When talking about board games, games so old and still so loved as “Axis and Allies” are hard to find. With so many versions, updates, and house rules, defining the core that is “Axis and Allies” can be difficult at times. One of the core elements,though, is most definitely the controlling of factories to get points to build more units with. And while this mechanic (mechanism) might seem like it favors strategy and thinking over the long term, I’d argue that it really encourages planning in the short term, for your next turn and not for future turns.
Let me try to explain before you scream at me for being wrong (or more likely just leave the page). The resources you get at the end of a turn will not be used until the beginning of your next turn or later. A player can save up for long periods of time but there is almost no point when you’re being punched in the face by you opponent’s pieces. The illusion of long-term consequences comes from this ability to save, but really the game is just about how many IPC’s (resources) a player can get at the end of this turn to have the most effective next turn. While a player deploys resources at the end of their turn, it still means that the maximum they are thinking is two turns ahead, and if they think farther than that (i.e. want a battleship or aircraft carrier, which are expensive) they are likely to get taken out by their opponent who didn’t do that and is fighting with superior strength.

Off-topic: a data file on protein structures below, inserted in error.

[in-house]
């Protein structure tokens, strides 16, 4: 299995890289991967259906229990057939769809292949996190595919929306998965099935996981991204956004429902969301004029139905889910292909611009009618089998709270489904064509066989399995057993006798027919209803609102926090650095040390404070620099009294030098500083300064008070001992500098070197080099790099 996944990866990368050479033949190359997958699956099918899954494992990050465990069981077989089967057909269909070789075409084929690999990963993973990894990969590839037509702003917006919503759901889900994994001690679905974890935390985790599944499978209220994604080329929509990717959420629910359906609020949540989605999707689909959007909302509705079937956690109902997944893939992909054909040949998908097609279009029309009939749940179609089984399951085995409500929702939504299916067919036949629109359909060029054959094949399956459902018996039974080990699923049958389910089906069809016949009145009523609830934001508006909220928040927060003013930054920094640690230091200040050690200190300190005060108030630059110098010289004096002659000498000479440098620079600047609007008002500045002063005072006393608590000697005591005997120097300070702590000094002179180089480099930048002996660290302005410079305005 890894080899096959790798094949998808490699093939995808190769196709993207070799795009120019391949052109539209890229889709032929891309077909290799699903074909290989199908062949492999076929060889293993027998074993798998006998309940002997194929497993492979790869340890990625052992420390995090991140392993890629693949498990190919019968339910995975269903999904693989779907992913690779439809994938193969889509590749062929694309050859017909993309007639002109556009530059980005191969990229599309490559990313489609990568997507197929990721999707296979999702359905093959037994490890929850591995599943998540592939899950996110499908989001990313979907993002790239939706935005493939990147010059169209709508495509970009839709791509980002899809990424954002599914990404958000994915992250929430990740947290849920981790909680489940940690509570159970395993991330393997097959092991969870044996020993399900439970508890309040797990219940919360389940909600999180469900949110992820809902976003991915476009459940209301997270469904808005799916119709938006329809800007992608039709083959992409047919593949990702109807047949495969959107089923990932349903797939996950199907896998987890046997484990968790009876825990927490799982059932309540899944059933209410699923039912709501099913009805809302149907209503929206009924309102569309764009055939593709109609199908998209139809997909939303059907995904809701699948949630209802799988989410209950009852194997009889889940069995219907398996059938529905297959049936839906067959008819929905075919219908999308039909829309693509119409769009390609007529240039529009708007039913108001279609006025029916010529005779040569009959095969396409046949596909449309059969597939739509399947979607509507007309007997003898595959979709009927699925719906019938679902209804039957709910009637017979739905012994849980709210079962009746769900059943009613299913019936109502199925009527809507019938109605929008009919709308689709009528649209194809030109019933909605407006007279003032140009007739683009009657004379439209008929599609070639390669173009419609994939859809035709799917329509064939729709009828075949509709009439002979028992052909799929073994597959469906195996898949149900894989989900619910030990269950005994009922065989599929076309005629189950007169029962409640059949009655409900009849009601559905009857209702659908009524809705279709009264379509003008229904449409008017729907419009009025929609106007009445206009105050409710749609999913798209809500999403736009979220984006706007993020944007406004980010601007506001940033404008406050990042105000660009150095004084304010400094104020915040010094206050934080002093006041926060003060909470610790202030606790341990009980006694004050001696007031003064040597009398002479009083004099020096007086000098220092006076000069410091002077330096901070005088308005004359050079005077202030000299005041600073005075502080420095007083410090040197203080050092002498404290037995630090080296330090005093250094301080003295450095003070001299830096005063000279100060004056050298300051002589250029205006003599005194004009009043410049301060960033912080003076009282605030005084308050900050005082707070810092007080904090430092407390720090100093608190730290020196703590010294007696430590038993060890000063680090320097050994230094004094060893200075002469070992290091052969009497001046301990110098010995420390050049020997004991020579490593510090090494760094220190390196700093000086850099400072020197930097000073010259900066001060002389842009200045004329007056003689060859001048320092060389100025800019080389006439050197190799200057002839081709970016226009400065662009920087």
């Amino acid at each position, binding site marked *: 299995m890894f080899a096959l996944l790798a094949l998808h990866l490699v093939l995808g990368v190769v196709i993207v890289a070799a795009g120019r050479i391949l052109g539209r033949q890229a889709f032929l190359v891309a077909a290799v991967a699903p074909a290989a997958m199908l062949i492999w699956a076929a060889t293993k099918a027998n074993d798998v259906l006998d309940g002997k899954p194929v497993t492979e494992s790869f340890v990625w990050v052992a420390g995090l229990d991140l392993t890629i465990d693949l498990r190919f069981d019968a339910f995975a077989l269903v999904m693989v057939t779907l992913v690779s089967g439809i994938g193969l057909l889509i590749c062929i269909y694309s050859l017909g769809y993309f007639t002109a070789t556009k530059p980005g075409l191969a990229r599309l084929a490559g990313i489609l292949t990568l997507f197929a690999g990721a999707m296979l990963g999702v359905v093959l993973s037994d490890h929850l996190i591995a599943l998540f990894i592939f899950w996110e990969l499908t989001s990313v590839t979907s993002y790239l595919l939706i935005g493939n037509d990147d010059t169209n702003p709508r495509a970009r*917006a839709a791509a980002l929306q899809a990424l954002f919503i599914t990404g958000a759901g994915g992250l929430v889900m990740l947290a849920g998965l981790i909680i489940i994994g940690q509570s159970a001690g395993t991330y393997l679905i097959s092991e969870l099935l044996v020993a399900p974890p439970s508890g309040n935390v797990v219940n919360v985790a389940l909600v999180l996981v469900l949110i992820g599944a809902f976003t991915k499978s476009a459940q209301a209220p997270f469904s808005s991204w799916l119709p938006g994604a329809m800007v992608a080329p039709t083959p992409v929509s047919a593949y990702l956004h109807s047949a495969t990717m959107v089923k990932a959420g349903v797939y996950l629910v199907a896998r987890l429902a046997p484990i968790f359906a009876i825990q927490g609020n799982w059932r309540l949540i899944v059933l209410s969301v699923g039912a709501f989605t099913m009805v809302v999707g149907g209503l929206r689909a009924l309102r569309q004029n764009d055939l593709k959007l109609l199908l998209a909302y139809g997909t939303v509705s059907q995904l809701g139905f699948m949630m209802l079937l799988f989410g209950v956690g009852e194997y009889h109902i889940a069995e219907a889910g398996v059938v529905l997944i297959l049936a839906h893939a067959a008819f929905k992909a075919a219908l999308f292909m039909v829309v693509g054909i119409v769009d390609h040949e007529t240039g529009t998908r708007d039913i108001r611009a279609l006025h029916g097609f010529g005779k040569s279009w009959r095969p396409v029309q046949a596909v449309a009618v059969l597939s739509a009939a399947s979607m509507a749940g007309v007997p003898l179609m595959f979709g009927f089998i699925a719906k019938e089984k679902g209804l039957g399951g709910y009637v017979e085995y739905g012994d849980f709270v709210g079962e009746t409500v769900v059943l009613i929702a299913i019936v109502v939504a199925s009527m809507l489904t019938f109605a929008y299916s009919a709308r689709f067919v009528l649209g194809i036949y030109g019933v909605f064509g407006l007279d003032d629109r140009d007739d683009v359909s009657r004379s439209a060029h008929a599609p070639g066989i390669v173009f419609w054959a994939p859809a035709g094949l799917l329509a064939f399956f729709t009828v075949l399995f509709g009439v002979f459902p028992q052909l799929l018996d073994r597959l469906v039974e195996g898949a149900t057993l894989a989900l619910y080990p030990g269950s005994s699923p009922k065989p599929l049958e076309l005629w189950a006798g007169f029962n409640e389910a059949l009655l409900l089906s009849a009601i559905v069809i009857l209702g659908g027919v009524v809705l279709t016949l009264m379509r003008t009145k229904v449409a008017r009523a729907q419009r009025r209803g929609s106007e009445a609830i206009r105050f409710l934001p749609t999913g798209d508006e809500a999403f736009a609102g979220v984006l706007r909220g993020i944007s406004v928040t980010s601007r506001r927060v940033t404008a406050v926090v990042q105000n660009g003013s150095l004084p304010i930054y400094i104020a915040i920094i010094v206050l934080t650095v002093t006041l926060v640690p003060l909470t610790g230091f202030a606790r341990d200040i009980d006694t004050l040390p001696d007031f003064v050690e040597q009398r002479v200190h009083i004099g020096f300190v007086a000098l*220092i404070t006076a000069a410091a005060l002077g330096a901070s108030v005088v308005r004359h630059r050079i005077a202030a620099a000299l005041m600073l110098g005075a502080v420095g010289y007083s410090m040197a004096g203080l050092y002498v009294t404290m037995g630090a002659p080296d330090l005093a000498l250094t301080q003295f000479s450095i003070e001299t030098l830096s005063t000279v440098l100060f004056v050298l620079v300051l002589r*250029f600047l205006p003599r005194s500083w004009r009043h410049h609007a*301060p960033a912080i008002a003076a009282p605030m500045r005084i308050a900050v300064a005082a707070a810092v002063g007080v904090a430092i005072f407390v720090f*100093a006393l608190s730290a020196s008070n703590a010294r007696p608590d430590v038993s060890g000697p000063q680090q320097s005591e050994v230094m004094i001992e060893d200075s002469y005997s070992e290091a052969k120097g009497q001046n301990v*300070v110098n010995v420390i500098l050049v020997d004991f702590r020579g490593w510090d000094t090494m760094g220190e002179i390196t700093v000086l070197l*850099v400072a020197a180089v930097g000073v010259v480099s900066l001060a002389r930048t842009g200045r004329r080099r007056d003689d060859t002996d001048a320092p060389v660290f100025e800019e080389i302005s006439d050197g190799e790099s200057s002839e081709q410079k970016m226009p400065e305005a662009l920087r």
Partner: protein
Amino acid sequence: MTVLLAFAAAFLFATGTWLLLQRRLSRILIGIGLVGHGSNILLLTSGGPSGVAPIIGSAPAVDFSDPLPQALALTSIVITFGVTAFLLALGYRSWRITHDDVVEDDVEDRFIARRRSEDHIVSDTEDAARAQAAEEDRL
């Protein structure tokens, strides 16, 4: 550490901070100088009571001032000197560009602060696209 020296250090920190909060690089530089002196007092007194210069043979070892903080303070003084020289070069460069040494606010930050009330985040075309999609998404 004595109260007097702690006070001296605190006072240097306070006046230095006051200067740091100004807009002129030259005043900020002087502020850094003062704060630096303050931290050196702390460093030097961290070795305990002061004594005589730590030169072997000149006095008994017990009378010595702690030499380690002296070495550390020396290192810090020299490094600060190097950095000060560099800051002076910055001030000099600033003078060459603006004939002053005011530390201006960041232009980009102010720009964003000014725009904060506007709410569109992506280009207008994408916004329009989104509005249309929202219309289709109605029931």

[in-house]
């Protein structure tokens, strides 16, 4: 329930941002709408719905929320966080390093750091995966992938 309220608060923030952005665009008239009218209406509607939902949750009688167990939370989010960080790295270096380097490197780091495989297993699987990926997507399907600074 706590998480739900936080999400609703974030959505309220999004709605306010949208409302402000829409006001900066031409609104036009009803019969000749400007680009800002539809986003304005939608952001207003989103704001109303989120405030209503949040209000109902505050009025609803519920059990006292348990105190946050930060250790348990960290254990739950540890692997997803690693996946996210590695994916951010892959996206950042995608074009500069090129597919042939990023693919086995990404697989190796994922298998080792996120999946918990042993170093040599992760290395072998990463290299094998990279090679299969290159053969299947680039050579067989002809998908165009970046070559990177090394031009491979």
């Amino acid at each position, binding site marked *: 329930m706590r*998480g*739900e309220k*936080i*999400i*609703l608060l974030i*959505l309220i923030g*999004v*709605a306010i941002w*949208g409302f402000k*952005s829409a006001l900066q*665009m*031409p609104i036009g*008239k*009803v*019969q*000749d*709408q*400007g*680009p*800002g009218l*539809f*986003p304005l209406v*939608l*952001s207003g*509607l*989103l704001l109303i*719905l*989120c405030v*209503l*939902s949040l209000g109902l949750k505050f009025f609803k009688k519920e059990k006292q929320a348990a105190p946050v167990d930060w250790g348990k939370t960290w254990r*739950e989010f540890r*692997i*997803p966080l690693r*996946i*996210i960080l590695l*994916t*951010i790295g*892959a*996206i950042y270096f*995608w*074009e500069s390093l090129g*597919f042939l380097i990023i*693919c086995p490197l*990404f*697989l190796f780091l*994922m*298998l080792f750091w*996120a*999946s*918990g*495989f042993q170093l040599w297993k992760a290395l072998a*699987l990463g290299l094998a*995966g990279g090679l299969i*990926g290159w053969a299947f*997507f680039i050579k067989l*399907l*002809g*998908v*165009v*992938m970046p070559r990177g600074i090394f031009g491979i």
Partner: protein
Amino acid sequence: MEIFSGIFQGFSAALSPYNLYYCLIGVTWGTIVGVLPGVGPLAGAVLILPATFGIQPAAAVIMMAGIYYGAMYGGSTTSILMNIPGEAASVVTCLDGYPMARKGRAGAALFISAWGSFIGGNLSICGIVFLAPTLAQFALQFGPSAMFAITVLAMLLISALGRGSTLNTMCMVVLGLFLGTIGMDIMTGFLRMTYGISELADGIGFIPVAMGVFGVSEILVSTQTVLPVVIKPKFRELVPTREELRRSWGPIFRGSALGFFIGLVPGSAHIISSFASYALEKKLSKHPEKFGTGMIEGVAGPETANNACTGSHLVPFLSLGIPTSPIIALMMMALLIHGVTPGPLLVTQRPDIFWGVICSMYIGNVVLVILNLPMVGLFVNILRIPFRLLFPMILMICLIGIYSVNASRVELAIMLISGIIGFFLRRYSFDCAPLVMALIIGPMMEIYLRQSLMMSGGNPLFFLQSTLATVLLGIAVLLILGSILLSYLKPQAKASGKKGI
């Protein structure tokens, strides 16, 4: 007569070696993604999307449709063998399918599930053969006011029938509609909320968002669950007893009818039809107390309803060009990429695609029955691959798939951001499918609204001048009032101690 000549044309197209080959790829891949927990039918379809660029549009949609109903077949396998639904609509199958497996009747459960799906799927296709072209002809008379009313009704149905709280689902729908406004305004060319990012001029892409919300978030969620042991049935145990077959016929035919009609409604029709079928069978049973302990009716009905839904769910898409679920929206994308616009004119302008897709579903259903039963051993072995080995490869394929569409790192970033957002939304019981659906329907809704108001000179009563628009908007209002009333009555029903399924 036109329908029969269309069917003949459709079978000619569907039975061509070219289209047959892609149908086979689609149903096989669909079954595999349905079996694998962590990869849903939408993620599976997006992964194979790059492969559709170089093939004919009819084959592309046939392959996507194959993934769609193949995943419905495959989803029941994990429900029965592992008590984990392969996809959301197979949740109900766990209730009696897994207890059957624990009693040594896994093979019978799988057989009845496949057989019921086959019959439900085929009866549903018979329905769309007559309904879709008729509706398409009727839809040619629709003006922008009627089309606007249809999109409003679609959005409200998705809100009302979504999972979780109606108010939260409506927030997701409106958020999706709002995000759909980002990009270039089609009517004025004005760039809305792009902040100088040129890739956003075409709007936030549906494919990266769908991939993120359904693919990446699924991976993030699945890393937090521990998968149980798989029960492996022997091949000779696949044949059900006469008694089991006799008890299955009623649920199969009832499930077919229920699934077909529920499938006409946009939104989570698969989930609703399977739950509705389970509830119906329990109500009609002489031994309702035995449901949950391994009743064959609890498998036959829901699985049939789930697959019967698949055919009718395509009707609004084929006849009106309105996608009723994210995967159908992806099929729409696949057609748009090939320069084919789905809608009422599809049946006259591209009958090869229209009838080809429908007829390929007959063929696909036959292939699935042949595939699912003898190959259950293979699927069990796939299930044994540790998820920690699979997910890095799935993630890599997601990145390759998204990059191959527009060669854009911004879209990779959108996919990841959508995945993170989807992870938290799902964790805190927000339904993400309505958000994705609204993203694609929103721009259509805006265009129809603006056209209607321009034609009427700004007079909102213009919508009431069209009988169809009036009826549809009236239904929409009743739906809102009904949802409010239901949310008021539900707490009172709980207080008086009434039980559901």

This is also coupled with the fact that the ultimate goals of each side are placed only several spaces away, except for the United States, which is impossible to take and has to produce units and move them across an ocean to be effective (which is why they usually have China). Players don’t have the time to think about turns farther in the future because if they do they’ll be beaten by players who thought about the turn directly ahead.
Now I’m not going to say that this makes for a bad game, or an un-educational game. In fact, the game is quite fun and in certain cases even has the player going for historical objectives. I do think, though, that the idea of Axis and Allies being a grand strategy game is silly. It’s a tactical game on a strategic board, which in and of itself is quite a good way to teach people about proper resource uses in the short term. And saving a few IPCs each turn will lead to getting some more powerful units in the future if done right. I quite like the short-term resource management that Axis and Allies has. And I also like the fact that it has the realism of a series of tactical victories leading to a strategic victory. It definitely isn’t like chess where a series of tactical blunders could stumble you into a strategic success. I like games that reward short-term victories with long-term benefits, even if in some, if not most, will make you second-best to the person who thought through the whole game.
Really, though, “Axis and Allies” is just a good game for dice chucking and pretending to be some foreign super-power for a night with some friends. Even if it isn’t as deep as it looks, it still lasts for some time and holds one’s interest the whole way though (if the players like WWII.)